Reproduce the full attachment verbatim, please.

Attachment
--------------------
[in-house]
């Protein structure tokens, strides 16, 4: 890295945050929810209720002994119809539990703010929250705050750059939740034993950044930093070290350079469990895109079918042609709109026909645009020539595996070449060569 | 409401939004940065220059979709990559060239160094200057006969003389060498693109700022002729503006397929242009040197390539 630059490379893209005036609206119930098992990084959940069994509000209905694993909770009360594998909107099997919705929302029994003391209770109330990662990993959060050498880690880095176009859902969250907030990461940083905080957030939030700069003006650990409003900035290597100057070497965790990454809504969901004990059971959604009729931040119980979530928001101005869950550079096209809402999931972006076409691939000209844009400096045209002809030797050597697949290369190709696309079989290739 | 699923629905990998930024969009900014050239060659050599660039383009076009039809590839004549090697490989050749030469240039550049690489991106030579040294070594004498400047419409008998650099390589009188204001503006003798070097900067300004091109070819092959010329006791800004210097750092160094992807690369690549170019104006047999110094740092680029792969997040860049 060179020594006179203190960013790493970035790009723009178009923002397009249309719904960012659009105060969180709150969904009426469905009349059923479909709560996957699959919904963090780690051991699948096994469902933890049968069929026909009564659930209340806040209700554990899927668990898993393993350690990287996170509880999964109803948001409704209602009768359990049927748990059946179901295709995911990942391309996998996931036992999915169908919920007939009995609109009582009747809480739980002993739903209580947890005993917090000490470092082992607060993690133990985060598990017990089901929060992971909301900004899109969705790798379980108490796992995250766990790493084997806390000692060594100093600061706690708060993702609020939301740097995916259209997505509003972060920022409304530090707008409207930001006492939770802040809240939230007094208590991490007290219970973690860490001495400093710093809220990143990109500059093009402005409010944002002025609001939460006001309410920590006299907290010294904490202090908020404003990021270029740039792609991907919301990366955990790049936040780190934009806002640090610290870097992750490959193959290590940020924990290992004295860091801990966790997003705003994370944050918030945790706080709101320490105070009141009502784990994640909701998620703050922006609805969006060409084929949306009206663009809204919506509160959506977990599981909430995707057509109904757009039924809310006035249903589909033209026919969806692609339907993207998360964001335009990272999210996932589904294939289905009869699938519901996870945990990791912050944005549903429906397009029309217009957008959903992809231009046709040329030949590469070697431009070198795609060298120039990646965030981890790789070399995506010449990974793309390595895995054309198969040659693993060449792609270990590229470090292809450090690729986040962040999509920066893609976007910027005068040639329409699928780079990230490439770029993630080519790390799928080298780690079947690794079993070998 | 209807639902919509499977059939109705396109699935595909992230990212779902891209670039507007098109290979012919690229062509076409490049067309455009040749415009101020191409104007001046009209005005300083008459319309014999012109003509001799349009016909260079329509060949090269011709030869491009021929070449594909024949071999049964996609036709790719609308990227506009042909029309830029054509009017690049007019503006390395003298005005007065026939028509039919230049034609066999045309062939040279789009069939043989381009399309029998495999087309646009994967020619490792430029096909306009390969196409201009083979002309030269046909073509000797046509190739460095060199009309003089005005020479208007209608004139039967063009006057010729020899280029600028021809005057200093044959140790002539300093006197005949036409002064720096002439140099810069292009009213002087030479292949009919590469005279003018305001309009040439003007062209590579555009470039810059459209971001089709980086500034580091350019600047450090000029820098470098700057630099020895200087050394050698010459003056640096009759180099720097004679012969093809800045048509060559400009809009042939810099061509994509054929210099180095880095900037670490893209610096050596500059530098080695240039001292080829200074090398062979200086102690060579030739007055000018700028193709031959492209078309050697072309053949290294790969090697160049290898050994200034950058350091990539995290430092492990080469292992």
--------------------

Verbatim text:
[in-house]
């Protein structure tokens, strides 16, 4: 890295945050929810209720002994119809539990703010929250705050750059939740034993950044930093070290350079469990895109079918042609709109026909645009020539595996070449060569 | 409401939004940065220059979709990559060239160094200057006969003389060498693109700022002729503006397929242009040197390539 630059490379893209005036609206119930098992990084959940069994509000209905694993909770009360594998909107099997919705929302029994003391209770109330990662990993959060050498880690880095176009859902969250907030990461940083905080957030939030700069003006650990409003900035290597100057070497965790990454809504969901004990059971959604009729931040119980979530928001101005869950550079096209809402999931972006076409691939000209844009400096045209002809030797050597697949290369190709696309079989290739 | 699923629905990998930024969009900014050239060659050599660039383009076009039809590839004549090697490989050749030469240039550049690489991106030579040294070594004498400047419409008998650099390589009188204001503006003798070097900067300004091109070819092959010329006791800004210097750092160094992807690369690549170019104006047999110094740092680029792969997040860049 060179020594006179203190960013790493970035790009723009178009923002397009249309719904960012659009105060969180709150969904009426469905009349059923479909709560996957699959919904963090780690051991699948096994469902933890049968069929026909009564659930209340806040209700554990899927668990898993393993350690990287996170509880999964109803948001409704209602009768359990049927748990059946179901295709995911990942391309996998996931036992999915169908919920007939009995609109009582009747809480739980002993739903209580947890005993917090000490470092082992607060993690133990985060598990017990089901929060992971909301900004899109969705790798379980108490796992995250766990790493084997806390000692060594100093600061706690708060993702609020939301740097995916259209997505509003972060920022409304530090707008409207930001006492939770802040809240939230007094208590991490007290219970973690860490001495400093710093809220990143990109500059093009402005409010944002002025609001939460006001309410920590006299907290010294904490202090908020404003990021270029740039792609991907919301990366955990790049936040780190934009806002640090610290870097992750490959193959290590940020924990290992004295860091801990966790997003705003994370944050918030945790706080709101320490105070009141009502784990994640909701998620703050922006609805969006060409084929949306009206663009809204919506509160959506977990599981909430995707057509109904757009039924809310006035249903589909033209026919969806692609339907993207998360964001335009990272999210996932589904294939289905009869699938519901996870945990990791912050944005549903429906397009029309217009957008959903992809231009046709040329030949590469070697431009070198795609060298120039990646965030981890790789070399995506010449990974793309390595895995054309198969040659693993060449792609270990590229470090292809450090690729986040962040999509920066893609976007910027005068040639329409699928780079990230490439770029993630080519790390799928080298780690079947690794079993070998 | 209807639902919509499977059939109705396109699935595909992230990212779902891209670039507007098109290979012919690229062509076409490049067309455009040749415009101020191409104007001046009209005005300083008459319309014999012109003509001799349009016909260079329509060949090269011709030869491009021929070449594909024949071999049964996609036709790719609308990227506009042909029309830029054509009017690049007019503006390395003298005005007065026939028509039919230049034609066999045309062939040279789009069939043989381009399309029998495999087309646009994967020619490792430029096909306009390969196409201009083979002309030269046909073509000797046509190739460095060199009309003089005005020479208007209608004139039967063009006057010729020899280029600028021809005057200093044959140790002539300093006197005949036409002064720096002439140099810069292009009213002087030479292949009919590469005279003018305001309009040439003007062209590579555009470039810059459209971001089709980086500034580091350019600047450090000029820098470098700057630099020895200087050394050698010459003056640096009759180099720097004679012969093809800045048509060559400009809009042939810099061509994509054929210099180095880095900037670490893209610096050596500059530098080695240039001292080829200074090398062979200086102690060579030739007055000018700028193709031959492209078309050697072309053949290294790969090697160049290898050994200034950058350091990539995290430092492990080469292992």